October: Risk Assets Bounce Back but Fundamentals Deteriorate
As measured by the indices credit rebounded substantially in October after a terrible third quarter. However, underneath the surface there’s plenty to be concerned about. The distress ratio for US high yield bonds rose above 20%, the upgrade to downgrade ratio is awful and underwriters struggled to sell down some issues. Venezuela is selling down its gold reserves to meet debt repayments and Greek banks are looking at debt for equity swaps to return to normality. Puerto Rico’s yields spiked to a record high as it pleads with the US government to allow it to go through a bankruptcy process and reduce its debt burden. December and January bond payments are doubtful.
Chinese equities bounced backed with the amount of margin debt now increasing after plummeting in the last quarter. Bond yields have fallen in recent months, which can seem odd given the concerns over the quality and quantity of debt outstanding in China and the spike in the number of defaults. What it comes down to is increased demand, with the ball of money shifting from equities and property to bonds. As with almost anything in Chinese investing there’s leverage involved, with repurchase agreements being used to buy more and boost returns.
The wealth management products sold by Chinese banks are getting crazier, with the mismatch of maturities creating a risk that that the whole system could collapse quickly. The iron ore price fell by 10% in October, which isn’t surprising given the comment by the deputy head of the China Iron and Steel Association that ”Chinese steel demand evaporated at unprecedented speed”. Bitcoin has spiked back to levels it reached when a Greek default looked imminent, the theory being that skittish Chinese investors are using it as another avenue to get their money out of China.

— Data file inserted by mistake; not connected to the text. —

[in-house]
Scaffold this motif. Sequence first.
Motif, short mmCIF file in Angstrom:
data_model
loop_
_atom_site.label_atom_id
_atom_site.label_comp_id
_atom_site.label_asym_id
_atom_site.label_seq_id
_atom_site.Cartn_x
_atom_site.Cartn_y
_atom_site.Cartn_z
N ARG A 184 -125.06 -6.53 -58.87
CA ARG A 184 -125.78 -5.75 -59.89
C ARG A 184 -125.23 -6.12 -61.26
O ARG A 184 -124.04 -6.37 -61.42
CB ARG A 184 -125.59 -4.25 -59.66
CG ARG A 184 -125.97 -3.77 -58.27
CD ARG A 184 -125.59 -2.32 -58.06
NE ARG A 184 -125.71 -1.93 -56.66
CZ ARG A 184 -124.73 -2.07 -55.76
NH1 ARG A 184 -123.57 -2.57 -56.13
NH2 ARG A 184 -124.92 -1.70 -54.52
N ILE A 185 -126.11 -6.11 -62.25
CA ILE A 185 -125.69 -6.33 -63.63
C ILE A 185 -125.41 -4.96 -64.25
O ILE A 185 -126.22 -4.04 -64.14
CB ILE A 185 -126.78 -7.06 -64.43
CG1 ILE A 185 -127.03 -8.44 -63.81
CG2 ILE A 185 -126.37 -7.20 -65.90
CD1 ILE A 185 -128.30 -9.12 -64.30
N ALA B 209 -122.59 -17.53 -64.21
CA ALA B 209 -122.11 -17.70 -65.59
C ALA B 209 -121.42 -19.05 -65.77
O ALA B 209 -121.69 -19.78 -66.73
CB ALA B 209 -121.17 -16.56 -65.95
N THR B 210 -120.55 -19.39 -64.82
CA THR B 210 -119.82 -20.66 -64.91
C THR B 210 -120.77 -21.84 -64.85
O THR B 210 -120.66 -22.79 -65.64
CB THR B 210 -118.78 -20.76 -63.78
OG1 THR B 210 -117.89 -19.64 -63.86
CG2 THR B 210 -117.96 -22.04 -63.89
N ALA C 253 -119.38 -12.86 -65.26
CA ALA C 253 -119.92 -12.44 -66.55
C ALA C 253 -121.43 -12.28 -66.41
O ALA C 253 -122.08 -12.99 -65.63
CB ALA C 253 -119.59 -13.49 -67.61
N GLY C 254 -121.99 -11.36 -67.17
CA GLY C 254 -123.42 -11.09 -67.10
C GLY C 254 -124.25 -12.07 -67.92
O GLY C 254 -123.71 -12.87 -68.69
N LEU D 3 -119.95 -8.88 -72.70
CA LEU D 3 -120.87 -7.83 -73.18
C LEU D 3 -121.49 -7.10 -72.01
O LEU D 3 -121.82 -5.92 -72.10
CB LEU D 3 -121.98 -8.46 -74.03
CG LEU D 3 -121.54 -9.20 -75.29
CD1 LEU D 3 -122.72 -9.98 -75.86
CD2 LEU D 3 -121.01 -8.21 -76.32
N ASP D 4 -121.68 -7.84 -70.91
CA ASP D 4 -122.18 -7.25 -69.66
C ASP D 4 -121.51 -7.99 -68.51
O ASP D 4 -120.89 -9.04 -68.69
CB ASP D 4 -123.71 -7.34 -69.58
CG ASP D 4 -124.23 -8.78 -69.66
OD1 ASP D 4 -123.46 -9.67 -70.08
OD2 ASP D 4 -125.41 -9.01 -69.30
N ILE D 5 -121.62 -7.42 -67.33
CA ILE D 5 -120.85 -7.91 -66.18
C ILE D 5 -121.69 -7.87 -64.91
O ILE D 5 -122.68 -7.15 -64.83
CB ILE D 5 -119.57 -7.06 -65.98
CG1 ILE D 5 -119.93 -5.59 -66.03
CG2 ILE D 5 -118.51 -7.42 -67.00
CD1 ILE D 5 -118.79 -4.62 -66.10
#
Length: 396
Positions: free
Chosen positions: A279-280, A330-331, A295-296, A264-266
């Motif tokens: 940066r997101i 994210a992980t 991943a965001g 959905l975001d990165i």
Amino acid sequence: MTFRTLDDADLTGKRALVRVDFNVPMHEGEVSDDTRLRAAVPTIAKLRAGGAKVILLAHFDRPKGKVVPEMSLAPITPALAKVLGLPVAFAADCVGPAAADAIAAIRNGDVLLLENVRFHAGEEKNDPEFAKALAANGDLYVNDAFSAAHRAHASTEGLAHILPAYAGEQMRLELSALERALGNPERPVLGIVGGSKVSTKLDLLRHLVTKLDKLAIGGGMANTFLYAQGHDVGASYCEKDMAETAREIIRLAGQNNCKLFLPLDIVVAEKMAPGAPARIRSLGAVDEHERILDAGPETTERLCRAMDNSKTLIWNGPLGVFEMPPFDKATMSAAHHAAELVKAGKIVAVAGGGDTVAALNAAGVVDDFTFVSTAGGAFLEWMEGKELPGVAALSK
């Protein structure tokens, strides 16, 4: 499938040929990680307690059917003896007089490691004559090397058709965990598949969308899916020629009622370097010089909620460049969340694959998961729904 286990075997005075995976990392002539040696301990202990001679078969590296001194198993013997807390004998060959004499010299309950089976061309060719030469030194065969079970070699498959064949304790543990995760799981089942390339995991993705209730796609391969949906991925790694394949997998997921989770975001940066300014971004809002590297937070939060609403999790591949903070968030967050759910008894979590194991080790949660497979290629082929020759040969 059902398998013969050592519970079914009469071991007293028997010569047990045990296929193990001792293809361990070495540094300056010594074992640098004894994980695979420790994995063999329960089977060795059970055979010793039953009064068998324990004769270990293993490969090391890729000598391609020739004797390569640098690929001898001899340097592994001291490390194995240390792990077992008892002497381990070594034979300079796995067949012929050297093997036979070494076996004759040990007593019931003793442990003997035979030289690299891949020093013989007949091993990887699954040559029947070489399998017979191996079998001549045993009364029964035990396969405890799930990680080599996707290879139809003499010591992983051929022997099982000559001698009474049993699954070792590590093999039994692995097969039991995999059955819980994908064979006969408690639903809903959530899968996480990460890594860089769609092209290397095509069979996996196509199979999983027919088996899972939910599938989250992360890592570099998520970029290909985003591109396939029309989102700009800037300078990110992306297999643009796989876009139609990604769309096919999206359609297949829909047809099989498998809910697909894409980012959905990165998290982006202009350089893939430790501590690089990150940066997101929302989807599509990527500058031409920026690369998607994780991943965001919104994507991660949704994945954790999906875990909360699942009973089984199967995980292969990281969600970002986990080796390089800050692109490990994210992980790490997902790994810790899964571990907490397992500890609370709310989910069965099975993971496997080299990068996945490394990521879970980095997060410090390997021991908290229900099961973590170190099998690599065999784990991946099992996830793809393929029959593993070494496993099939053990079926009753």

On the bank capital front, Sweden has announced its banks will need to increase the risk weighting of sovereign debt from the current zero level. Switzerland has set a high benchmark for the leverage ratio at 10% for UBS and Credit Suisse. This is to be made up of at least 3.5% of core equity, at least 5% from tier one (equity + preference shares) and 10% when subordinated debt is included. The implementation period runs to the end of 2019, so the big question is whether banks will meet the threshold before the next crisis begins.
The quote for the month was “I woke up this morning and the data was bad, how much are equities up?” This comment sums up the range of ugly data points but the “bad is good” attitude that sees markets rally after bad data is released. Central to this reaction is the view that bad data means the Eurozone will increase quantitative easing and the Federal Reserve will hold off raising interest rates. If investors are so scared of a 0.25% rate increase in the US what would the response be if reserve rates ever moved back to a “normal” level of 4-6%? After seven years of near zero rates the Japanisation of the US and European economies is increasingly becoming a mainstream concept.
Narrow Road Capital is a credit manager with a track record of higher returns and lower fees on Australian credit investments. Clients include institutions, not for profits and family offices.